MALIN, India: Rescuers using earth-moving equipment and their bare hands dug through heavy mud and debris Thursday after a landslide engulfed an entire village in western India, killing at least 30 people and leaving about 100 missing and feared dead.
More than 24 hours after the Wednesday morning landslide, authorities said the chances of survival were slim for anyone still trapped under the mud in Malin, a village of some 700 people in Pune district of Maharashtra state.
Suresh Jadhav, a district official, said around 40 homes were wiped out.
Two days of torrential rains triggered the landslide, which continued to pound the area as rescuers brought bodies covered in soaked white sheets to waiting ambulances while relatives stood by, weeping. Bad communications, dangerous roads and debris delayed national rescue personnel from the stricken area for several hours Wednesday.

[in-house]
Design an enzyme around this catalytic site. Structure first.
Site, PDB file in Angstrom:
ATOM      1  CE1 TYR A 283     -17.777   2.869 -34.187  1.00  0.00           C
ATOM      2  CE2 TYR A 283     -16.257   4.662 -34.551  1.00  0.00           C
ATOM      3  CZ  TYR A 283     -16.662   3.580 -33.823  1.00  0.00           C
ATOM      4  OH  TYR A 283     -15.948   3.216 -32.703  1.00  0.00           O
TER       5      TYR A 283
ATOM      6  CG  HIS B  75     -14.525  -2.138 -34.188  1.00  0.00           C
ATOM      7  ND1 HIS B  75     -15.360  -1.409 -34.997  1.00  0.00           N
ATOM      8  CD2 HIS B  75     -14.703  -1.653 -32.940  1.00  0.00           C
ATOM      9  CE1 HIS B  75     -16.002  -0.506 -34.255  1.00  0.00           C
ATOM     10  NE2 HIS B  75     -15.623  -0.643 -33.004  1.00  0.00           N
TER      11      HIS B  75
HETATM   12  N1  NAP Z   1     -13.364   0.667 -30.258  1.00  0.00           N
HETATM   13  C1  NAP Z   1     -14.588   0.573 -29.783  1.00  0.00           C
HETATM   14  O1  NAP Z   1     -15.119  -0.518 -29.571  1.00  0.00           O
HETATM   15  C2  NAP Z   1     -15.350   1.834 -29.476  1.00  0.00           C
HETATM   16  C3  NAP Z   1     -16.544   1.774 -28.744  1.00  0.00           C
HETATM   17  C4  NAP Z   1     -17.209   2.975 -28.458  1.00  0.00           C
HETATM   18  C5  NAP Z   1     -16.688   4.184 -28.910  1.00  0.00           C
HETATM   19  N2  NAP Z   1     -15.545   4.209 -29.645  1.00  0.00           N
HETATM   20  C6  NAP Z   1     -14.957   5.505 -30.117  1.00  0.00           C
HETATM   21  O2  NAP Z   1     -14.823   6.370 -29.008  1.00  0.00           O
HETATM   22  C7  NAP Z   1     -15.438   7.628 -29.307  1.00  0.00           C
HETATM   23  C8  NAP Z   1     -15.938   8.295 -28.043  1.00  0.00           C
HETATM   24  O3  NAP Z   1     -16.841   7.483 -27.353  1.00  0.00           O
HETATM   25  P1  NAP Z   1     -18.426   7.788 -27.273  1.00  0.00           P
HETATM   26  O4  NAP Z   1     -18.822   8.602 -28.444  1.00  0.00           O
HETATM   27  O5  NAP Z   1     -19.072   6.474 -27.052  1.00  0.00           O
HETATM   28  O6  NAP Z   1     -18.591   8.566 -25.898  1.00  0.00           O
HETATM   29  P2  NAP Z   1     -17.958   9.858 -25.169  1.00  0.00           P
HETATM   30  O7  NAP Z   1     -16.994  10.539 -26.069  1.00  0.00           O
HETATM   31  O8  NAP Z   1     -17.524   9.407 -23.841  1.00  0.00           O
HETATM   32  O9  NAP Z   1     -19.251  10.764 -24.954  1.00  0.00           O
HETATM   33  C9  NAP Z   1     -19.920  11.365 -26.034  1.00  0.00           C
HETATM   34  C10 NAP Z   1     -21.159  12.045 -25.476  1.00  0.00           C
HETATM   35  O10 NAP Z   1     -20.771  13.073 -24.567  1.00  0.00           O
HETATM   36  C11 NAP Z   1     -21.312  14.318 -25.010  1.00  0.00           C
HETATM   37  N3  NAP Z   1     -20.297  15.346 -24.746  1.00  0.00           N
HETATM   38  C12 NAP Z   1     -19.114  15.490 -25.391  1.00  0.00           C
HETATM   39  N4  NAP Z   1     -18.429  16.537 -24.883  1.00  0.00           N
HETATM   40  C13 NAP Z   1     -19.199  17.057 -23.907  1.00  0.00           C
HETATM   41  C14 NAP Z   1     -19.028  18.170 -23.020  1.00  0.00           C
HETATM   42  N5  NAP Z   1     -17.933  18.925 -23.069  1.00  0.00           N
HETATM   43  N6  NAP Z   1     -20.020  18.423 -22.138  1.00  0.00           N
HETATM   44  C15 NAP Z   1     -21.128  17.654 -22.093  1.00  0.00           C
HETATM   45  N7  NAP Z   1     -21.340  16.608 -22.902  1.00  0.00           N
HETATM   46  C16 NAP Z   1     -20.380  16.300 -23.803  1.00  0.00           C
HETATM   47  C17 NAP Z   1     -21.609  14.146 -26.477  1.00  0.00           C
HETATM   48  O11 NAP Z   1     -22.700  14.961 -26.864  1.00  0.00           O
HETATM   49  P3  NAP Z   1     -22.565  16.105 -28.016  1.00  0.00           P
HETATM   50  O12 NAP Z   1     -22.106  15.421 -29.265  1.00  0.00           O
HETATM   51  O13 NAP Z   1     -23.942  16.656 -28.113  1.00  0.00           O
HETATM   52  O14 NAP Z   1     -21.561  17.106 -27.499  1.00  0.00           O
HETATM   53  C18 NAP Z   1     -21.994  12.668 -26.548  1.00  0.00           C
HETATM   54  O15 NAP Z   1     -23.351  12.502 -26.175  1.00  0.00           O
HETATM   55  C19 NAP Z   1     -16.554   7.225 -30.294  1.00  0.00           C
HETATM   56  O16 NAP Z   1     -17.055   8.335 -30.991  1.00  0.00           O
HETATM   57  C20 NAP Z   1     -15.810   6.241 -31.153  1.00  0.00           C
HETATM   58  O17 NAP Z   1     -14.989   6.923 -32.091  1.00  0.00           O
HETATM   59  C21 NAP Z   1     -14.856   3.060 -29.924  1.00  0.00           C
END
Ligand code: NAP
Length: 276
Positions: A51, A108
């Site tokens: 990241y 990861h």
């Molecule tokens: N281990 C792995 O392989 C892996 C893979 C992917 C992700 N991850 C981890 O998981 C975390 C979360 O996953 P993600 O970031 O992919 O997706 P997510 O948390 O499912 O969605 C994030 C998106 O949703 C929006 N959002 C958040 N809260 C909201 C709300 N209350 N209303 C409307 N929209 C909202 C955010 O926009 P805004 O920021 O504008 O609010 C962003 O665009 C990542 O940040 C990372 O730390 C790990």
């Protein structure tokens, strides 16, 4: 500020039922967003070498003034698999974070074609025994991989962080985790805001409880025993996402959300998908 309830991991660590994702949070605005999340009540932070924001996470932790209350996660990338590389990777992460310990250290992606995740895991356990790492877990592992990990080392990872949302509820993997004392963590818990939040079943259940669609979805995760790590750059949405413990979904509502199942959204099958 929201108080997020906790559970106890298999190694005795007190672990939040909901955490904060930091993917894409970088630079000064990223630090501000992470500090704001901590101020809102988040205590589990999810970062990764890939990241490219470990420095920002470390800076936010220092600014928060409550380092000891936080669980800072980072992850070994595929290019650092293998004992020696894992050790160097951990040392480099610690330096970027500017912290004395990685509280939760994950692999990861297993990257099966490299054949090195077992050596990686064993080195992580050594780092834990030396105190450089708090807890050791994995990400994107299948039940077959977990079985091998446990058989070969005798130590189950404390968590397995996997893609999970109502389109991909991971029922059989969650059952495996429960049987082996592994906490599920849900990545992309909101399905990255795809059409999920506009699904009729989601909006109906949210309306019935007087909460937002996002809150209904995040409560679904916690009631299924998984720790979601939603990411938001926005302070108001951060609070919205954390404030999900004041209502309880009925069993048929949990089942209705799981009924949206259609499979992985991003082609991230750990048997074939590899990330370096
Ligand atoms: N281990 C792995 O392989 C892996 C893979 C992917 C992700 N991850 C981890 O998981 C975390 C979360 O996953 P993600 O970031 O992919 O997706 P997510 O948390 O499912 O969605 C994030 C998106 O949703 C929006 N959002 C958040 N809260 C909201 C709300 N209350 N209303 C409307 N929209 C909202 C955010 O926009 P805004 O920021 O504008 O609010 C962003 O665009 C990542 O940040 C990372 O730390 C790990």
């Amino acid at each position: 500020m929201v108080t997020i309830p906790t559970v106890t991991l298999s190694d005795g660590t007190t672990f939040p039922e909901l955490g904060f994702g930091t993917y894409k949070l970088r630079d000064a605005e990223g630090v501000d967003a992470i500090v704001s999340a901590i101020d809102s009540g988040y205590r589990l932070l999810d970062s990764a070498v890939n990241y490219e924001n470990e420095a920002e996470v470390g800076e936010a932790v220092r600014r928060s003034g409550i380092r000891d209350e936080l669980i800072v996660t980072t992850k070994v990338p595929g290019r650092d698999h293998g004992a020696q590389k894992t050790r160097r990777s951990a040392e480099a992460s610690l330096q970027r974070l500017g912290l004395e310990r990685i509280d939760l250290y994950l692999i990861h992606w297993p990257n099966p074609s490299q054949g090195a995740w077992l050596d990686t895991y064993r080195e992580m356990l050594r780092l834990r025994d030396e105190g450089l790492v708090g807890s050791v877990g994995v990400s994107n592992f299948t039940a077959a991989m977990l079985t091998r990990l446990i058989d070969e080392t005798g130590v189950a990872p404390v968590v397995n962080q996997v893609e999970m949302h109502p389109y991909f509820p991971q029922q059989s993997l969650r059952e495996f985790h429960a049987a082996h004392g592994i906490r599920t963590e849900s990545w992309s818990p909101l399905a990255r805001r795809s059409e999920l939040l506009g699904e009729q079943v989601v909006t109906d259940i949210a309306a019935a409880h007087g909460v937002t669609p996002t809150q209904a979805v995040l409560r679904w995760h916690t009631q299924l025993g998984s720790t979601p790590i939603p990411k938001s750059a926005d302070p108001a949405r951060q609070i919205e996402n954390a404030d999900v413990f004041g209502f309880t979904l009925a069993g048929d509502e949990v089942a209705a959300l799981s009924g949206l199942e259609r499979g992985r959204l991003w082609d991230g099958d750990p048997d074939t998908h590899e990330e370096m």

The disaster only came to light when a bus driver passed by and saw that the village had disappeared under masses of mud and earth.
“The driver returned to a nearby city and alerted authorities,” Jadhav said. “Everything on the mountain came down.”
Thirty bodies had been recovered and eight people pulled out alive, said rescue official Sachin Tamboli.
Suresh Dhonde, who was working in another town when the landslide ripped through his village, said only two people managed to get out of his home alive.
“The other six are buried under the mud,” he said.
Crowds of people from nearby areas were helping rescuers, using their bare hands to move fallen trees and rocks. About 250 disaster response workers and at least 100 ambulances were involved in the rescue effort, officials said.
Overnight, emergency workers used flood lights mounted on jeeps to illuminate the disaster area, where the tangled roofs of homes poked up through thick mud.
Rescuers expected the death toll to rise in the village at the foothills of the Sahyadri Mountains. Sandeep Rai Rathore, a top official of the National Disaster Response Force, estimated that around 100 people were missing and feared dead.